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Students Face Up to the Nation's Finances
Fall 2008 Contest Winners
Winners Chosen By The Judges
Best Essay: The $500 prize goes to Mallory Livingston of Emporia State University in Kansas, for "Our Generation and the Impact of America's Growing National Debt." Kudos to Mallory for a great job explaining the mushrooming and serious nature of the nation's fiscal crisis and the kinds of things we'll have to do to create a climate in which we can even begin to solve the problem of the federal budget deficit and the national debt.
Best Video: The $500 prize will be split by John O'Malley and Will Son, of the University of Pennsylvania, for "Man on the Street 2: Facts and Figures," an excellent slice of life on campus talking to students about the federal budget and national debt, serving up a few shockers and surprises along the way.
Peer Prize Winners, Chosen In A Popular Vote By Registered Users Of Facingup.Org
Best Essay: There was a tie in votes in this category, so the the winners will split the $500 Peer Prize for Best Essay. They are: Amber Dawn Vanderhofe, Emporia State University, for "Resolutions for the National Debt," in which she outlines some suggestions, and Mallory Livingston, Emporia State University, for "Our Generation and the Impact of America's Growing National Debt." Note: for Mallory, this prize is in addition to the $500 Best Essay prize awarded by our judges, for a total of $750, making her our Grand Prize Winner.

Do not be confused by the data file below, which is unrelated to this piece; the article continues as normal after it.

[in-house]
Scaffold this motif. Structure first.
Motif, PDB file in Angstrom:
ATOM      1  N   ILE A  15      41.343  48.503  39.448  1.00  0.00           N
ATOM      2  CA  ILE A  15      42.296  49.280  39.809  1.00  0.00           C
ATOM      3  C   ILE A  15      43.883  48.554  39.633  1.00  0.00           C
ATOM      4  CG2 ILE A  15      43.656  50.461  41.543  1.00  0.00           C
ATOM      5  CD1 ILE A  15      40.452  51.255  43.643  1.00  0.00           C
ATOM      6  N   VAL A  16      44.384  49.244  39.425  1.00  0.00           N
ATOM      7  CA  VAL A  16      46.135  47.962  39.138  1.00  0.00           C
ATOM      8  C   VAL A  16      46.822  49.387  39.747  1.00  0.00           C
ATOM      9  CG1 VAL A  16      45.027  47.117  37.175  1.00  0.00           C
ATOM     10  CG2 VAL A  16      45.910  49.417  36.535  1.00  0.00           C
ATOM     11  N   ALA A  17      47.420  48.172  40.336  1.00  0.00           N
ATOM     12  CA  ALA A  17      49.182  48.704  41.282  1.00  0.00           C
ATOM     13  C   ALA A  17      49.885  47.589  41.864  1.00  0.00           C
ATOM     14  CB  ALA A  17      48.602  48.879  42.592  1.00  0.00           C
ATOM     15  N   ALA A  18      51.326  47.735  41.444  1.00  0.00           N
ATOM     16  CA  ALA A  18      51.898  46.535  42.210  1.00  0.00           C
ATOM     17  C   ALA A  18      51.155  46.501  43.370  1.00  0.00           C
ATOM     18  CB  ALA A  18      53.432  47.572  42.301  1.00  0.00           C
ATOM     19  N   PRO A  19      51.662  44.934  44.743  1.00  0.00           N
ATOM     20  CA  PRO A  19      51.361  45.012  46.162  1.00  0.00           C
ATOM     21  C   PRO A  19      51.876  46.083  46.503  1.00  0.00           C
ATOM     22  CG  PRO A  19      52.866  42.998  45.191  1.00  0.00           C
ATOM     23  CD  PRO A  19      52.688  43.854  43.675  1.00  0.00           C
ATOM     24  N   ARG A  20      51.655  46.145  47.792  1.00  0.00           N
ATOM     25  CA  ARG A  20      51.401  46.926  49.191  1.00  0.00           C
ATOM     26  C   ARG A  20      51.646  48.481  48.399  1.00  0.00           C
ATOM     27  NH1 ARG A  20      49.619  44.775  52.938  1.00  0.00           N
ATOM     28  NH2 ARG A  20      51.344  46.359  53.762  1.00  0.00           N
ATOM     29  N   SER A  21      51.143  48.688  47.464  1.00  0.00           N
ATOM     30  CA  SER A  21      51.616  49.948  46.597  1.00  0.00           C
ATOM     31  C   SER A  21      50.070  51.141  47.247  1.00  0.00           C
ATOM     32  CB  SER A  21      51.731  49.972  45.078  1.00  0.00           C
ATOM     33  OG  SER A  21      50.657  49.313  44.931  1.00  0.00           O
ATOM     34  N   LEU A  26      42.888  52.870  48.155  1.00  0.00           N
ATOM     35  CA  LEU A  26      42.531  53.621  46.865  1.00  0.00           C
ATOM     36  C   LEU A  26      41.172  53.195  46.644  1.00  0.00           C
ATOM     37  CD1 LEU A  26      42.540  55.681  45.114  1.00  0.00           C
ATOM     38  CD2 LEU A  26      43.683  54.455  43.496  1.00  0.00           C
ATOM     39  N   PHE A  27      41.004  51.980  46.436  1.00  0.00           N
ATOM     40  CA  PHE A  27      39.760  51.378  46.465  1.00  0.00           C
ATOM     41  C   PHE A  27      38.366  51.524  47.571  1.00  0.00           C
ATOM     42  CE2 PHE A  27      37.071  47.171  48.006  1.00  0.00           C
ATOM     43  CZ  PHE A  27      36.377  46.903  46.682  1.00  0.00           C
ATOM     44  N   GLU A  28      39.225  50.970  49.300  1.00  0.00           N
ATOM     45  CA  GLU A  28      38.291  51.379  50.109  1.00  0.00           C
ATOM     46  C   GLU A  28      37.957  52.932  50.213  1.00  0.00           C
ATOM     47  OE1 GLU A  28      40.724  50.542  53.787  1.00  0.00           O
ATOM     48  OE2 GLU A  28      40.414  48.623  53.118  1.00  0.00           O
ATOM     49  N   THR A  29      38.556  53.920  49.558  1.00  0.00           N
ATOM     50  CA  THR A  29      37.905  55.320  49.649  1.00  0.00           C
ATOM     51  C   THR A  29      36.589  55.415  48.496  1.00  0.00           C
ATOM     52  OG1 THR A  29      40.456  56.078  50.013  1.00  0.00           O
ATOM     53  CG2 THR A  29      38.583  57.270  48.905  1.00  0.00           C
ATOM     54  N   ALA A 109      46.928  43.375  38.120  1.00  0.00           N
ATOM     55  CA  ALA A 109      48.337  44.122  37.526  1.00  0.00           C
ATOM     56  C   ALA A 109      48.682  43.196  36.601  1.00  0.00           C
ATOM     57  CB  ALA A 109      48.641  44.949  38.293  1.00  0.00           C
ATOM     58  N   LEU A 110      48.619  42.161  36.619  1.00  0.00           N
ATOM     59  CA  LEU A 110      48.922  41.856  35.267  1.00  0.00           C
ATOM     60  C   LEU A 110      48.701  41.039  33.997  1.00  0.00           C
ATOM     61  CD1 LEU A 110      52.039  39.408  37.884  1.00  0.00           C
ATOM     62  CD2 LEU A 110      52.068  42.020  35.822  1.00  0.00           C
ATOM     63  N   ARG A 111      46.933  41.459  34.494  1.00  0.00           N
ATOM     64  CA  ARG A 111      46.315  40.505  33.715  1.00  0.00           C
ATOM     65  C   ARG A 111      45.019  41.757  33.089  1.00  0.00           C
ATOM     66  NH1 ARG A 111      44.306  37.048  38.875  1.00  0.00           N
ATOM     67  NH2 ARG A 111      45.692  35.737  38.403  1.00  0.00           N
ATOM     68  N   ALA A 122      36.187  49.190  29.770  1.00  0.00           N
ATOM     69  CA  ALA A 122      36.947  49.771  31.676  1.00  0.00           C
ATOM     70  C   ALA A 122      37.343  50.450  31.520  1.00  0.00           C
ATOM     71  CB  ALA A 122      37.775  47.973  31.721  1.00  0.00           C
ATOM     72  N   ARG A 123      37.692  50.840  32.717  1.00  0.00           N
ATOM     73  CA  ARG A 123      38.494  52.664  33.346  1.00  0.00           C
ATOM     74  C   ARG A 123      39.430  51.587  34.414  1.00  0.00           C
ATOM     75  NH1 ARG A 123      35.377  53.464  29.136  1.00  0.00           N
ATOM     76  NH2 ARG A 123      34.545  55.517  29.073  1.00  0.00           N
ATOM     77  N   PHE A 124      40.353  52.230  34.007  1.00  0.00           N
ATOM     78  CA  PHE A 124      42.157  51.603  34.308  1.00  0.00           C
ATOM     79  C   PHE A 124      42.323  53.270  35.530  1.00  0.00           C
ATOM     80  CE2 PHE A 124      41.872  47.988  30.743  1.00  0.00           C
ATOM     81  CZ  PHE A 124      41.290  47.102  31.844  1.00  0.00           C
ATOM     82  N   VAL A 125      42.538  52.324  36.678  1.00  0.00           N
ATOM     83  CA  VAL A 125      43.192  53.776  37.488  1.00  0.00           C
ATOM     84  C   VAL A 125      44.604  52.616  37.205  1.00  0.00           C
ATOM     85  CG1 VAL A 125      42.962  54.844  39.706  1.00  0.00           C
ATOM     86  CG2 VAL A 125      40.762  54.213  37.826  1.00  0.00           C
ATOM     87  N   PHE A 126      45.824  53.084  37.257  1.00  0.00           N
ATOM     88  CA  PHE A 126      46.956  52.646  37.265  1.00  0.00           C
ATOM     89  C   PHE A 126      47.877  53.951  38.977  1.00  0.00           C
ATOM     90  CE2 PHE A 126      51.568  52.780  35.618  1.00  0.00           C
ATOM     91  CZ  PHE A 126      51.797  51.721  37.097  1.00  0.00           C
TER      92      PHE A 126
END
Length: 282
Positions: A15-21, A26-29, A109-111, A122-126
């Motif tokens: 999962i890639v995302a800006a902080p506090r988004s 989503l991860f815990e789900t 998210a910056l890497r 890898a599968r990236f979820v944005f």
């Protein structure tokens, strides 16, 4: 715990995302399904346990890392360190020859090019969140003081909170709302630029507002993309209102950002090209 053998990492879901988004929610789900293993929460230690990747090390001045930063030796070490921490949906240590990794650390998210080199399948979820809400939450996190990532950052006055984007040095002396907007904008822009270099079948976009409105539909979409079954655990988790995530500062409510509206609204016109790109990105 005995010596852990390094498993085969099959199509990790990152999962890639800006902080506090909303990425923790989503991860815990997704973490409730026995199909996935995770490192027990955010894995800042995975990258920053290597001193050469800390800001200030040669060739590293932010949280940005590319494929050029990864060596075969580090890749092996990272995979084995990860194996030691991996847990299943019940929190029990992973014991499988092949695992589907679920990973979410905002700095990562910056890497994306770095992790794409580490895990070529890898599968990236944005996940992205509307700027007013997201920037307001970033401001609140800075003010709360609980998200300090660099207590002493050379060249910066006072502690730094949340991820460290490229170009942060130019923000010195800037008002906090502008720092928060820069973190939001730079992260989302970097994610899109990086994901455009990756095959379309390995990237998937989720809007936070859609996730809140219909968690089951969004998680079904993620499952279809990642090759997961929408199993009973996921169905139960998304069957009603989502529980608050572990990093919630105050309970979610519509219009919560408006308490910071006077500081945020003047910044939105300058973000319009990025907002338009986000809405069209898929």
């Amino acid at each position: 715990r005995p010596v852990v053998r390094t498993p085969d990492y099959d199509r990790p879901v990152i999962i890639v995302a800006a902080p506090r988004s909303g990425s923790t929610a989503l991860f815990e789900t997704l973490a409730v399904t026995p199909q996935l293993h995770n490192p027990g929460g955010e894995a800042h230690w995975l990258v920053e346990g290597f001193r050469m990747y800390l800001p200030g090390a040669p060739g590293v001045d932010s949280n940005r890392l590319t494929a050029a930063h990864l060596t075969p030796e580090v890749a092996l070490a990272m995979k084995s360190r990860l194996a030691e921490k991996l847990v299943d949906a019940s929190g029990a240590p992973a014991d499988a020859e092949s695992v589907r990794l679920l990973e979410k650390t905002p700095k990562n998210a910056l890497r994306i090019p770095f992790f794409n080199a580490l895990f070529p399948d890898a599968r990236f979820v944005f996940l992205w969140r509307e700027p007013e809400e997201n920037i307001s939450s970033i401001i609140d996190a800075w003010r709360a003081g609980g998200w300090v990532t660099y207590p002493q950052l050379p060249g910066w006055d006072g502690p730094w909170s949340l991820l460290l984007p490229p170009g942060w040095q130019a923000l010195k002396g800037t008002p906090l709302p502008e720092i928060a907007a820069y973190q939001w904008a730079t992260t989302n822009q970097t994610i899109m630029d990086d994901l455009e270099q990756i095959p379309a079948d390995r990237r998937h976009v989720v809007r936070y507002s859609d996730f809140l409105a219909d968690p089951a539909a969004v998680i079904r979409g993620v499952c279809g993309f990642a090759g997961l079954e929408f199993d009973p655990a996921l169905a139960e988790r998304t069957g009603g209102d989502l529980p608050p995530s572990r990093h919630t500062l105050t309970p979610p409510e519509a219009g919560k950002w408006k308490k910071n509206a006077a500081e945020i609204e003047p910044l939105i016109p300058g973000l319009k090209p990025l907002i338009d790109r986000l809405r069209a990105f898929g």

Best Video: The $500 prize goes to Teelah Churchill of Lyndon State College, in Lyndonville, Vermont, for "National Debt," a fast-paced trip through analysis of the problem and student opinions on the subject.
Congratulations to all our winners and their professors, and our thanks to all who entered. Your contributions contained a lot of interesting observations and suggestions on this serious problem which is shaping our future as each digit whizzes by on the budget deficit and national debt.
We hope to see some of you trying again in the spring semester. Stay tuned to FacingUp.org for updates on our next contest, as well as interactive additions and more new things in the Students Face Up to the Nation's Finances curriculum.
»A new report finds the main problem in getting the public to deal with our fiscal problems isn't opposition to tax increases or spending cuts -- it's their lack of trust in the government to spend their money wisely.